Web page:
Capitol roundup: Kill Common Core, limit abortion & require church attendance?
PHOENIX — The Legislature is well into the homestretch with a goal to wrap up the session before Easter still in its sights. This led to busy days and long nights at the Capitol this week.
Last call for bills
The House and Senate Appropriations committees were the only committees to hold regular meetings this week. This opened many of the bills being heard to strike everything amendments to revive bills previously killed in the Legislature.
This included legislation to bar most from collecting early ballots for elections, which lost a vote last week in the House Elections Committee. The House Appropriations Committee, however, approved this bill and others in a meeting that started at 9 a.m. and continued after the floor session into the early morning hours.
Sen. Don Shooter, R-Yuma, and other Republicans argue that prohibiting most people from collecting early ballots to take them to polling centers prevents “ballot harvesting” and potential voter fraud. Democrats disagreed, saying the problem of voter fraud is virtually nonexistent and called the bill an attempt at voter suppression.
House Appropriations also managed to squeeze through a bill making Arizona IDs compliant with federal Real ID standards. Arizonans may find themselves turned away from airports and federal buildings by next year when the standards are set to go into effect.
The cats also came back for another life with legislation removing the minimum period pounds are mandated to hold stray cats. The bill died on the House floor last week when some members argued that it would harm bird populations by proliferating feral cats.
Abortion reversals approved
Following lengthy floor debate and a lengthier delay in taking up the bill, the House voted to approve an abortion regulation bill which mandates doctors inform women seeking abortions that they can be “reversed.” SB 1318 prohibits any health exchange operating in the state from providing coverage for abortions, as well.
Republican Representative Regina Cobb of Kingman led the charge during floor debate Monday against the abortion reversal information, which she called “non-evidence based medicine.” Others have also raised concerns that the abortion reversals lack medical evidence, which involves giving a woman progesterone to stop a medication abortion after RU-486 is taken.
“It’s only been out for a short period of time and the studies are not yet out on this,” Cobb said. “What we don’t know is what we don’t know.”
Cobb then faced off with Rep. Kelly Townsend, R-Gilbert, who added the amendment with the abortion reversal provision, and other Republican colleagues, who argued that there is the potential to save life, so women should be informed of it.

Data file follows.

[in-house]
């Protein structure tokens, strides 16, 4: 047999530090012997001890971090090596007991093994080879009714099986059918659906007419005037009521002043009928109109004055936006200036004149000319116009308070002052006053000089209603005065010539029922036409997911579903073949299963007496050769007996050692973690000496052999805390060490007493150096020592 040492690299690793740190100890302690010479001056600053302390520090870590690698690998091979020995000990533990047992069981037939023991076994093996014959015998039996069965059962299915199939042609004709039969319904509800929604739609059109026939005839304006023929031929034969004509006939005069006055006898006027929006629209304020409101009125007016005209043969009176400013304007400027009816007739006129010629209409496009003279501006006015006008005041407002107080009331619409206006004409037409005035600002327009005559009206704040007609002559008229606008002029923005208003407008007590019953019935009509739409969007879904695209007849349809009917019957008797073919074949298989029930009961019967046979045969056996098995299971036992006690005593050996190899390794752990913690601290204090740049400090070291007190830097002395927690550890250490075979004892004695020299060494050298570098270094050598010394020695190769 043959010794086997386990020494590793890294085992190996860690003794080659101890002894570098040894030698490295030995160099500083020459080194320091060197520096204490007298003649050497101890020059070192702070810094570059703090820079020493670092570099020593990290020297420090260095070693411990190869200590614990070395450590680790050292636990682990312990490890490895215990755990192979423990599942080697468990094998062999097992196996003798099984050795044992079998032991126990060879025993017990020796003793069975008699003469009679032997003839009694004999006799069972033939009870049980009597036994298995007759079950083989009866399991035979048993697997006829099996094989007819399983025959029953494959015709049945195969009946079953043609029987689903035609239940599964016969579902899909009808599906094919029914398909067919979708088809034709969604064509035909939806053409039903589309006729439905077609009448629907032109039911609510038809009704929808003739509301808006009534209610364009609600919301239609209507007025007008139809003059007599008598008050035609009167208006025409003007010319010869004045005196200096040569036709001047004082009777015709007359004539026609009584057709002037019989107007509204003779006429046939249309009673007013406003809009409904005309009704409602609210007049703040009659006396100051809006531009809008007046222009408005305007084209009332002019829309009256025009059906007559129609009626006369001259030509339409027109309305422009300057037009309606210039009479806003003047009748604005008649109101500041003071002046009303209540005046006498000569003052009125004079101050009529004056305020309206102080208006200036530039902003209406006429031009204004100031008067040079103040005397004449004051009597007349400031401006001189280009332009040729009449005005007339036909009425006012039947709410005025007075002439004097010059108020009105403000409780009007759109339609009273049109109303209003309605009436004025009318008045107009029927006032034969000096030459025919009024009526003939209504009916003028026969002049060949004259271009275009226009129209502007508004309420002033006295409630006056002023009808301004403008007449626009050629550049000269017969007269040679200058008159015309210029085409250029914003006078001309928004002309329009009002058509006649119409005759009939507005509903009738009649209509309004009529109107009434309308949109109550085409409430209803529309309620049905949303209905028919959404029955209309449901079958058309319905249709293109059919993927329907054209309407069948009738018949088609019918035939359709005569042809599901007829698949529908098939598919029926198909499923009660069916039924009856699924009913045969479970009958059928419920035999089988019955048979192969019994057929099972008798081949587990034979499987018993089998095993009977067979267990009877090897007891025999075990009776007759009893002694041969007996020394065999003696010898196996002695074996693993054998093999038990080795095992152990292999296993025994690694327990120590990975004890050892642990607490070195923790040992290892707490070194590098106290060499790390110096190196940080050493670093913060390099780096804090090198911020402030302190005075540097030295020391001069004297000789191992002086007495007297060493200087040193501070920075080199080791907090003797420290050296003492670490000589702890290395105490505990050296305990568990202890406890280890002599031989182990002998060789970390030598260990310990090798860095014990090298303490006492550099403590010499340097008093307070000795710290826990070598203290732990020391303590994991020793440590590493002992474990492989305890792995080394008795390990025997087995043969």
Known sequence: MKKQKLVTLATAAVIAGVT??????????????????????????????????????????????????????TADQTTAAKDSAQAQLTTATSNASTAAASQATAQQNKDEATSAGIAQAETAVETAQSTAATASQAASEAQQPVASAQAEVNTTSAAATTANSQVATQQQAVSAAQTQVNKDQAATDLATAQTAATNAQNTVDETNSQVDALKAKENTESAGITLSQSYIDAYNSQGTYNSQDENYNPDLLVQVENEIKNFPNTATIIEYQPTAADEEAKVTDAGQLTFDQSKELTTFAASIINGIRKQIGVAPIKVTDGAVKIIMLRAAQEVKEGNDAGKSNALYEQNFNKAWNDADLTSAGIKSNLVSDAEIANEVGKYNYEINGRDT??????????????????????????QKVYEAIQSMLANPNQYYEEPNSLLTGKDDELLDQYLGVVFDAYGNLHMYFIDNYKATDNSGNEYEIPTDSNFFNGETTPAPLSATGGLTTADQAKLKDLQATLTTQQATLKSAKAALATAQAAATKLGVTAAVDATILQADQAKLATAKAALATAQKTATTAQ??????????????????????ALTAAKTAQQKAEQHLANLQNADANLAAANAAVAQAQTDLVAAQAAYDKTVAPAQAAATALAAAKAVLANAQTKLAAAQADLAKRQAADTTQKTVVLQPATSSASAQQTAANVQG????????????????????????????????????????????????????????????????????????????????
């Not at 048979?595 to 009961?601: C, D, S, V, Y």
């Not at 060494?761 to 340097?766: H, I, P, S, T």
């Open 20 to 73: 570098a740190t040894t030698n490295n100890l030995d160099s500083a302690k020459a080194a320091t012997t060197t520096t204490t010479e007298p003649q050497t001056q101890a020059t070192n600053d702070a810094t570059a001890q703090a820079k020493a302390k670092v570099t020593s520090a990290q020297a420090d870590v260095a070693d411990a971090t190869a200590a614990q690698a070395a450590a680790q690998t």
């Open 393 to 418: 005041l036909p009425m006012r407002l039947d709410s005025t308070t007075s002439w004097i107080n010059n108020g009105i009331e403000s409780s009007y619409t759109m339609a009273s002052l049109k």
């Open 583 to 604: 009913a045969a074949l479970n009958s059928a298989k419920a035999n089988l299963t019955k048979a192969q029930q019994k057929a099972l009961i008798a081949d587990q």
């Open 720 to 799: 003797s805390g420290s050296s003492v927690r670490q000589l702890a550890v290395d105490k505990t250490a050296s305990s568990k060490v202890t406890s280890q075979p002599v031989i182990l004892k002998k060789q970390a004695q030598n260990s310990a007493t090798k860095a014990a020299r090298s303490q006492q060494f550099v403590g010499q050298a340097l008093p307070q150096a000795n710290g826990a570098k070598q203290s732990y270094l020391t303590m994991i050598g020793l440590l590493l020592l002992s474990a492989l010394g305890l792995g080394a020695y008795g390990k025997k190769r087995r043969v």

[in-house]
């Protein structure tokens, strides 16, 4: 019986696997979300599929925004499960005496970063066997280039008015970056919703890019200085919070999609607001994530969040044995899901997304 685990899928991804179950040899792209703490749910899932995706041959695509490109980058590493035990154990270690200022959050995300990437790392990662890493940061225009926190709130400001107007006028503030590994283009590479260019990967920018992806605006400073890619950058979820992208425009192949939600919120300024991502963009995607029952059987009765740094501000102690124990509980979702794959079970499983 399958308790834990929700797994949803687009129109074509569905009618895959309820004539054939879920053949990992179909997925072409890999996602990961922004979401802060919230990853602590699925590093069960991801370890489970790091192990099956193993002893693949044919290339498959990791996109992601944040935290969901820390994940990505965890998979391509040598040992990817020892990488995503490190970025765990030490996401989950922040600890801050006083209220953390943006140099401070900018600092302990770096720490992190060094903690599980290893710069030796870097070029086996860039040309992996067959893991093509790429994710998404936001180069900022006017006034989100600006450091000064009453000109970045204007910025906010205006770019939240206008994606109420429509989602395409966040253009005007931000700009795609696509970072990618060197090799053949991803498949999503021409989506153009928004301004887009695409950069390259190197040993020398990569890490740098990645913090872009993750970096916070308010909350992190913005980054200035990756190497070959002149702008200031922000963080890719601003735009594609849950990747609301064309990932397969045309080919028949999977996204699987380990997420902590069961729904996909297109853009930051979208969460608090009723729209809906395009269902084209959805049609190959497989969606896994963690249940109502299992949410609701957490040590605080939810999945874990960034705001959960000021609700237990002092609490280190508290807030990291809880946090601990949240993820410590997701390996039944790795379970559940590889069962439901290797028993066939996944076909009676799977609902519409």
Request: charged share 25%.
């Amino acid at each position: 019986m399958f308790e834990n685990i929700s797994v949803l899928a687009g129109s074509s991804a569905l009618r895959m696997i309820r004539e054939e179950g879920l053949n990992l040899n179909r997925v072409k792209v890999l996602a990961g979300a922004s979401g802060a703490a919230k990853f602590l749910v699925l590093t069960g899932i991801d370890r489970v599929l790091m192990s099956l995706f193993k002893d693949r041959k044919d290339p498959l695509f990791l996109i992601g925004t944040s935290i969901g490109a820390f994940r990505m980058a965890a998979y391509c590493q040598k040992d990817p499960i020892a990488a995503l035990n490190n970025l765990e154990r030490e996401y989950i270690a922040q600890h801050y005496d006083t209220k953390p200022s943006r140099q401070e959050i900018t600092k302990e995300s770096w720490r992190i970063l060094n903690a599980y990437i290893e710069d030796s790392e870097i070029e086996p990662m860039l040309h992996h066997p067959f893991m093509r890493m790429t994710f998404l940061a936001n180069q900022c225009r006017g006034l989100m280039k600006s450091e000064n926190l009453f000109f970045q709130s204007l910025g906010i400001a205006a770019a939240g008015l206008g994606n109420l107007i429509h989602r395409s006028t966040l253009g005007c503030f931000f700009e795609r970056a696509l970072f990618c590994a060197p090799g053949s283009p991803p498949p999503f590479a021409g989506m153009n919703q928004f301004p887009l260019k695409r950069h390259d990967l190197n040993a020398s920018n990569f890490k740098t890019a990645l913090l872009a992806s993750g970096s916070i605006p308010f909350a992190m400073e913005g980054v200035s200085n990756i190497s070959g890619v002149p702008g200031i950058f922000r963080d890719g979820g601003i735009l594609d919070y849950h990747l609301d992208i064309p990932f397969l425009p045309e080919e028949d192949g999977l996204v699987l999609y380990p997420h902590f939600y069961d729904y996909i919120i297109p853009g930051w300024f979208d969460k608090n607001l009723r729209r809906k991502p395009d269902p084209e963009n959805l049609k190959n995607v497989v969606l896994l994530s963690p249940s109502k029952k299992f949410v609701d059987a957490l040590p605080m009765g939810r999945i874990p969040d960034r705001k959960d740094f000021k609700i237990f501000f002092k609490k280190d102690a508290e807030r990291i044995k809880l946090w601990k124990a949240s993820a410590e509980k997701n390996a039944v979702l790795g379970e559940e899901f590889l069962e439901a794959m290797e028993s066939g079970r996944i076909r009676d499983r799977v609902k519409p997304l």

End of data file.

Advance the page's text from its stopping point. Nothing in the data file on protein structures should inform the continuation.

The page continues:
“I believe the disclosure certainly falls with the scope of ethical practice,” said Rep. Eddie Farnsworth, R-Gilbert.
Rep. Kate Brophy-McGee, R-Phoenix, said forcing doctors to inform women of the abortion reversals could open them up to medical malpractice litigation. She, however, supported the bill when it came to a vote. Cobb, too, ended up voting in favor of the bill.
The bill went back to the Senate, which approved it with the abortion reversal provision on Wednesday. SB 1318 now awaits approval from Gov. Doug Ducey.
Board of Education address
Ducey addressed the state Board of Education on Monday morning to lay out his education agenda. He reiterated his opposition to Common Core but did not call for a full repeal of the standards.
Instead, Ducey asked the board to consider reviewing the English and math standards to ensure they will serve students well. “And in any instance during your review, you find situations where Arizona standards can outperform or improve our current standards, I ask you to recommend replacement immediately,” Ducey said.
At the end of last week, Ducey appointed five new members to the board including Arizona State University President Michael Crow to fill the public university president position on the board.
A bill repealing Common Core standards in the state cleared the Senate Education Committee last week. The Senate delayed hearing it on the floor this week.
Take me to church
Should we all be required to go to church on Sundays? Sen. Sylvia Allen, R-Snowflake, seemed to say as much during the Senate Appropriations meeting late Tuesday night.
While explaining her vote on a bill allowing guns in public buildings, Allen said the gun violence could be blamed on moral decline in the country related to religion being taken out of society. “Probably we should be debating a bill requiring every American to attend a church of their choice on Sunday to see if we can get back to having a moral rebirth,” she said.
On Wednesday, Allen rose on the Senate floor to explain the comments, saying she was tired when she made them. Allen reminisced of the ‘50s and ‘60s when she said she and her friend could take a bus and go to the soda fountain and still feel safe.
“It was a different time,” she said. “I think it wouldn’t hurt if we went to church on Sundays to try to bring back this moral rebirth to our country.”
The Legislature moved dozens of bills this week in its push to finish the session well ahead of its 100-day limit. Among them: